Thursday, January 8, 2015

21st Amendment challenged in Pakistani Supreme Court

The ink was barely dry when Pakistan's military courts legislation was challenged in the Supreme Court. The Express Tribune reports:
Maulvi Iqbal Haider and Shahid Orakzai filed a petition in the apex court under Article 184(3) of the constitution, requesting the top court to provide guidelines and interpret Articles 2A, 4, 5, 9, 10, 14, 19, 20, 21, 22, 25, 70(4), 175, 185, 190, 201, 203, 204 of the Constitution after the passage of 21s constitutional amendment as well as Pakistan Army (amendment) Act 2015.
Haider in his petition contended that as per the amendments, the military courts would not function under the supervision of the high courts or Supreme Court, which is against the basic structure of the Constitution, therefore, the court should take judicial notice in the larger interest of supremacy of the Constitution.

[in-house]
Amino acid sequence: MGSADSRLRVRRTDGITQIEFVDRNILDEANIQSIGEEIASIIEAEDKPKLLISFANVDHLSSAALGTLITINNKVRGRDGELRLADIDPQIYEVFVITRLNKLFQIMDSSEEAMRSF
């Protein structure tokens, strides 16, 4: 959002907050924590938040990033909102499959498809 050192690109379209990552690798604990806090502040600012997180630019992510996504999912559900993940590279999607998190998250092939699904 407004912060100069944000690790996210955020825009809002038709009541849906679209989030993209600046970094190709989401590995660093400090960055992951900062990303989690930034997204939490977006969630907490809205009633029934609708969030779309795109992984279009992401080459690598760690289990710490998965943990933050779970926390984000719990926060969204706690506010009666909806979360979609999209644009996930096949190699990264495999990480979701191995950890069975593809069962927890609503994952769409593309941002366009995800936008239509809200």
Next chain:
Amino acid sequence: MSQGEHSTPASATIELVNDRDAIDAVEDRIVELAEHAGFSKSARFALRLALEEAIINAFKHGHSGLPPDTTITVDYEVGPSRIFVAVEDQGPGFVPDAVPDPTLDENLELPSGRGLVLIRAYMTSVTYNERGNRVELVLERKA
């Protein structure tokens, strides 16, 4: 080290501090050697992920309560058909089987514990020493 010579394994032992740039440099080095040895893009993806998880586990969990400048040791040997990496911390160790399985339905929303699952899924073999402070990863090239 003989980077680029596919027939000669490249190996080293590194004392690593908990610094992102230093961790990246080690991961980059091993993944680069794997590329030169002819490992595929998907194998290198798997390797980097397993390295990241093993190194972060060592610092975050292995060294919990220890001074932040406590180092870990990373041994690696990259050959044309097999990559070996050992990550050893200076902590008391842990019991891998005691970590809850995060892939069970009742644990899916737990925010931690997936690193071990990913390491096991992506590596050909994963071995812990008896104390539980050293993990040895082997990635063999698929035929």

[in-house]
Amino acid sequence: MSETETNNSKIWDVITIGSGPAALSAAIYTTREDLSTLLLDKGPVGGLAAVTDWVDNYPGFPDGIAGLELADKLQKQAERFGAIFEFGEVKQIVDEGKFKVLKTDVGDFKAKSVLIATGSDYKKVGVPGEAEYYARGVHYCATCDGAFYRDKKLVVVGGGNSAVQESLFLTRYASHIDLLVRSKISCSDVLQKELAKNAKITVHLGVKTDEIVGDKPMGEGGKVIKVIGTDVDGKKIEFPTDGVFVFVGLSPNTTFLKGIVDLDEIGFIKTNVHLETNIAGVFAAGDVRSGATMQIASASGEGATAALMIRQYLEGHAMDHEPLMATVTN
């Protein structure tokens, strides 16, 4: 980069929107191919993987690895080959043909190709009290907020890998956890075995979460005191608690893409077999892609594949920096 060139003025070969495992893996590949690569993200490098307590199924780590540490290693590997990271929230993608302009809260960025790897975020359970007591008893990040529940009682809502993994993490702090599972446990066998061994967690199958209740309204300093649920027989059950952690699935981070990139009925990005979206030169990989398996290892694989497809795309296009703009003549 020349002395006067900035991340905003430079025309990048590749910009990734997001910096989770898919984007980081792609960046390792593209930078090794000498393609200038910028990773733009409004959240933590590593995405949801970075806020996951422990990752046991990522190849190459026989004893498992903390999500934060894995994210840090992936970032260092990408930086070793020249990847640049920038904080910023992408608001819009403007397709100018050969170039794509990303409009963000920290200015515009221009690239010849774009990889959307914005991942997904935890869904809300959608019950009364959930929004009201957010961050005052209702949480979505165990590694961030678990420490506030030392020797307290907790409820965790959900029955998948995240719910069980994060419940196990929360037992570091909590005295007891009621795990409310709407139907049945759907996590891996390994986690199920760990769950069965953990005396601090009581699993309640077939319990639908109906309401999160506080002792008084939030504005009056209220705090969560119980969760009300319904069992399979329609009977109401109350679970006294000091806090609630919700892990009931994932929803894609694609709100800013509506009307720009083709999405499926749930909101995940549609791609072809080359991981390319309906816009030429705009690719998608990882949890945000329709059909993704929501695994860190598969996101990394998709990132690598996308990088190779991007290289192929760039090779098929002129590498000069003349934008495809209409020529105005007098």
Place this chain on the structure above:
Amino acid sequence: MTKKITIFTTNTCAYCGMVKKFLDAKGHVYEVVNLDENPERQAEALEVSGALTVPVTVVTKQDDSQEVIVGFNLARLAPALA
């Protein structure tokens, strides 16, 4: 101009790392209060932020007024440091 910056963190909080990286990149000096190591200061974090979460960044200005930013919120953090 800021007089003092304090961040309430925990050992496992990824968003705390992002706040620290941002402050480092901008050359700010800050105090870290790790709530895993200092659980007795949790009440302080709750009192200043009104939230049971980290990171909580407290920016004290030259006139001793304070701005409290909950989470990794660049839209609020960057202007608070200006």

They further submitted that, under the Constitution every citizen shall have the right to profess, practice and propagate their religion and every religious denomination and every sect thereof shall have the right to establish, maintain and manage its religious institutions. However, they contended that the latest amendment included the name of organisations using the name of religion or sect, instead of militancy. They termed the amendment a disgrace and an attempt to defame religion, sect, which is against the ideology of Pakistan.
Further, the petitioners argued that military courts should work under the supervision of superior courts as the right of appeal should be provided before the Supreme Court and the name of religion or sect should be avoided because terrorists/militants have no religion or sect.

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